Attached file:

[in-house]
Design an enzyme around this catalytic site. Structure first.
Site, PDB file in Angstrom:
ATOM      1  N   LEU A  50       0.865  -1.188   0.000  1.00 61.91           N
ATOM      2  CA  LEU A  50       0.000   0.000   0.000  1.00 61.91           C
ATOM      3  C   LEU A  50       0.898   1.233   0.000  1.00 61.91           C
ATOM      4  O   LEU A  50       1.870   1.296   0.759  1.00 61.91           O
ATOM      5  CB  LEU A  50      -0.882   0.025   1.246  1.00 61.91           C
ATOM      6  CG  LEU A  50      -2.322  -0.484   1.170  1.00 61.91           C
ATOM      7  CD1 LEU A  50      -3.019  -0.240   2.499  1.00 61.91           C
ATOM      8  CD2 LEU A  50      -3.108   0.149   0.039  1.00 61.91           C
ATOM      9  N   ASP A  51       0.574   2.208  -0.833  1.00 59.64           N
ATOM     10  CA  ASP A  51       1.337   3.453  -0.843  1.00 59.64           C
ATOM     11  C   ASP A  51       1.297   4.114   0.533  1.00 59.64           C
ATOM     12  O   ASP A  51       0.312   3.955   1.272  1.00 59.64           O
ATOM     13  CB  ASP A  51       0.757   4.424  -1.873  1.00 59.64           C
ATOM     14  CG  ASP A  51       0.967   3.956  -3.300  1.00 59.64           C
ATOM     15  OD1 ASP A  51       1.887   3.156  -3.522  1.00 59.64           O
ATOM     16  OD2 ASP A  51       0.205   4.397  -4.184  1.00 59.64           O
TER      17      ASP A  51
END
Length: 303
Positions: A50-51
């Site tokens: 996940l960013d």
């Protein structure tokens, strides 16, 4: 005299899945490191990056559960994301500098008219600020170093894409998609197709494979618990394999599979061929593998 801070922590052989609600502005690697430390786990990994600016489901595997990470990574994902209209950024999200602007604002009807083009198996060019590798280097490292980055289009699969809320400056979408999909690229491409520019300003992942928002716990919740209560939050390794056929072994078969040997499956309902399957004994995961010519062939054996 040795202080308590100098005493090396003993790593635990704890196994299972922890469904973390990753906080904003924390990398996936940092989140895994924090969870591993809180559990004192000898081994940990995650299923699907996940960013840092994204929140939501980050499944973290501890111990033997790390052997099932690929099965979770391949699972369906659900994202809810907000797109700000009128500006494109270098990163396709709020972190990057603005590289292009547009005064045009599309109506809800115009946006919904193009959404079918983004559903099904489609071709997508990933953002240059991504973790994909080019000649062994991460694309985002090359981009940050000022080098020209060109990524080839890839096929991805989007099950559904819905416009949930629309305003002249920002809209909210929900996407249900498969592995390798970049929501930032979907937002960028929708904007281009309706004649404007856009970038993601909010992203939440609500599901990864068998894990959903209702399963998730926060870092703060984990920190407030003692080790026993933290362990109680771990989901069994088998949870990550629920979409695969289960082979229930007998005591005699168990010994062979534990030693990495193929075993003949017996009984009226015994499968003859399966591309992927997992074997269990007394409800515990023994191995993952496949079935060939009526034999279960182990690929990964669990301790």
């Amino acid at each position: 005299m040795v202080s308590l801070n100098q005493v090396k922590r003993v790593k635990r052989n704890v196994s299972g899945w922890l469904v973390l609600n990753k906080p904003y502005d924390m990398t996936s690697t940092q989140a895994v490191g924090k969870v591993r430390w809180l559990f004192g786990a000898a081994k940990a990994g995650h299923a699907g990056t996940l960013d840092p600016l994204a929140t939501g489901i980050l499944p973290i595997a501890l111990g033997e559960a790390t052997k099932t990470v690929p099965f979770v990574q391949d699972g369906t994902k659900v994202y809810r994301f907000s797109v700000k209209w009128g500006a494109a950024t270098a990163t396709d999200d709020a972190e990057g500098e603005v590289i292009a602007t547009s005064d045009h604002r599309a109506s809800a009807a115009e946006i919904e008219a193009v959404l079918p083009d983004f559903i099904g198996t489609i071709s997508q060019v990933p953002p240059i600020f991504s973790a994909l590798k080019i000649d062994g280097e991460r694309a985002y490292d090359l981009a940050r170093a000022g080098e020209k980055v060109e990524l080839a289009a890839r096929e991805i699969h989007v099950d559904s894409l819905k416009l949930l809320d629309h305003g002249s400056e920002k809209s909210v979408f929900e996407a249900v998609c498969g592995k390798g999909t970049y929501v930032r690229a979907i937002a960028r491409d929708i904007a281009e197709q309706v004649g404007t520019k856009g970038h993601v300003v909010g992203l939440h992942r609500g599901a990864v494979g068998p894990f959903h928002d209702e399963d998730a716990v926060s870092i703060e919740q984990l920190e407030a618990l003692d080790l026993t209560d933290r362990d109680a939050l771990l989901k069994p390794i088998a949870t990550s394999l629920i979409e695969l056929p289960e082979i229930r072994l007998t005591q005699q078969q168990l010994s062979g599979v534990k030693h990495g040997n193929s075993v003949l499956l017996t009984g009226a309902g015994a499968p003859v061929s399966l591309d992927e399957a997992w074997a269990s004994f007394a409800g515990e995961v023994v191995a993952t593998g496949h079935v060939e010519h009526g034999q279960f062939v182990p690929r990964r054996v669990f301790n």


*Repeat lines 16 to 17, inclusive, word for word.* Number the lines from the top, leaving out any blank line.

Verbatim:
ATOM     13  CB  ASP A  51       0.757   4.424  -1.873  1.00 59.64           C
ATOM     14  CG  ASP A  51       0.967   3.956  -3.300  1.00 59.64           C